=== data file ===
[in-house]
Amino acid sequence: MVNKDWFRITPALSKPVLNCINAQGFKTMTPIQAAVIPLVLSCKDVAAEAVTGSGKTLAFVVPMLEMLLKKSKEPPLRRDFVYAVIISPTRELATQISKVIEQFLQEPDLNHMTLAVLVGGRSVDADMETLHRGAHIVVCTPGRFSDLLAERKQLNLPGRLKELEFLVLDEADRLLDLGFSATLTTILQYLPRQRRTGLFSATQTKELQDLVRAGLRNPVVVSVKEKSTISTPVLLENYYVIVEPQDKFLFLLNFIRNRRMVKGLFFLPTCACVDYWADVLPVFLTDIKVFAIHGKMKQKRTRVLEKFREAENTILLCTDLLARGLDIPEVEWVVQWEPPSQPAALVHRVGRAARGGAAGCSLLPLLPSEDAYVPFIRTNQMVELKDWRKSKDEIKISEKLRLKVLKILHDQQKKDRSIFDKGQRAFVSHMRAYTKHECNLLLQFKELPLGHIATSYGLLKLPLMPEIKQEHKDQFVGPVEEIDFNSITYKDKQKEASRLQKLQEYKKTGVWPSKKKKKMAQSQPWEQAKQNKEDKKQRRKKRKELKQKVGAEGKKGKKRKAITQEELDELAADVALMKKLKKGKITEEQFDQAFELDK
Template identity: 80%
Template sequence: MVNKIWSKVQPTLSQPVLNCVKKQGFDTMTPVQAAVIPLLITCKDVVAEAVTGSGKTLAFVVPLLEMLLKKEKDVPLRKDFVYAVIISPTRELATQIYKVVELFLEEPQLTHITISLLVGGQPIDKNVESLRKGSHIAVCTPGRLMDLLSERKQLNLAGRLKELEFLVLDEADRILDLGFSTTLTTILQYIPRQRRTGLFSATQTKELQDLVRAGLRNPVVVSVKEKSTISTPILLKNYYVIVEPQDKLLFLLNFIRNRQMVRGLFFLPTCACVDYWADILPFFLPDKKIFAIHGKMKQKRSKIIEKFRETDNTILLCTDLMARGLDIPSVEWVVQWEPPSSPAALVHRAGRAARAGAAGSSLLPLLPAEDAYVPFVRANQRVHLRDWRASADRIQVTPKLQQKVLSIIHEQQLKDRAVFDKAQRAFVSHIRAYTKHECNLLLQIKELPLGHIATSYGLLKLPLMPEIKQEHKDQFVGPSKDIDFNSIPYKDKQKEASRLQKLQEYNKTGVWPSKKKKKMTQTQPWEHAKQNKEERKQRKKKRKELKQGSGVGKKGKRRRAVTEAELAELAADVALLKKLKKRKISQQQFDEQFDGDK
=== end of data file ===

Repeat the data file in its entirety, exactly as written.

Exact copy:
[in-house]
Amino acid sequence: MVNKDWFRITPALSKPVLNCINAQGFKTMTPIQAAVIPLVLSCKDVAAEAVTGSGKTLAFVVPMLEMLLKKSKEPPLRRDFVYAVIISPTRELATQISKVIEQFLQEPDLNHMTLAVLVGGRSVDADMETLHRGAHIVVCTPGRFSDLLAERKQLNLPGRLKELEFLVLDEADRLLDLGFSATLTTILQYLPRQRRTGLFSATQTKELQDLVRAGLRNPVVVSVKEKSTISTPVLLENYYVIVEPQDKFLFLLNFIRNRRMVKGLFFLPTCACVDYWADVLPVFLTDIKVFAIHGKMKQKRTRVLEKFREAENTILLCTDLLARGLDIPEVEWVVQWEPPSQPAALVHRVGRAARGGAAGCSLLPLLPSEDAYVPFIRTNQMVELKDWRKSKDEIKISEKLRLKVLKILHDQQKKDRSIFDKGQRAFVSHMRAYTKHECNLLLQFKELPLGHIATSYGLLKLPLMPEIKQEHKDQFVGPVEEIDFNSITYKDKQKEASRLQKLQEYKKTGVWPSKKKKKMAQSQPWEQAKQNKEDKKQRRKKRKELKQKVGAEGKKGKKRKAITQEELDELAADVALMKKLKKGKITEEQFDQAFELDK
Template identity: 80%
Template sequence: MVNKIWSKVQPTLSQPVLNCVKKQGFDTMTPVQAAVIPLLITCKDVVAEAVTGSGKTLAFVVPLLEMLLKKEKDVPLRKDFVYAVIISPTRELATQIYKVVELFLEEPQLTHITISLLVGGQPIDKNVESLRKGSHIAVCTPGRLMDLLSERKQLNLAGRLKELEFLVLDEADRILDLGFSTTLTTILQYIPRQRRTGLFSATQTKELQDLVRAGLRNPVVVSVKEKSTISTPILLKNYYVIVEPQDKLLFLLNFIRNRQMVRGLFFLPTCACVDYWADILPFFLPDKKIFAIHGKMKQKRSKIIEKFRETDNTILLCTDLMARGLDIPSVEWVVQWEPPSSPAALVHRAGRAARAGAAGSSLLPLLPAEDAYVPFVRANQRVHLRDWRASADRIQVTPKLQQKVLSIIHEQQLKDRAVFDKAQRAFVSHIRAYTKHECNLLLQIKELPLGHIATSYGLLKLPLMPEIKQEHKDQFVGPSKDIDFNSIPYKDKQKEASRLQKLQEYNKTGVWPSKKKKKMTQTQPWEHAKQNKEERKQRKKKRKELKQGSGVGKKGKRRRAVTEAELAELAADVALLKKLKKRKISQQQFDEQFDGDK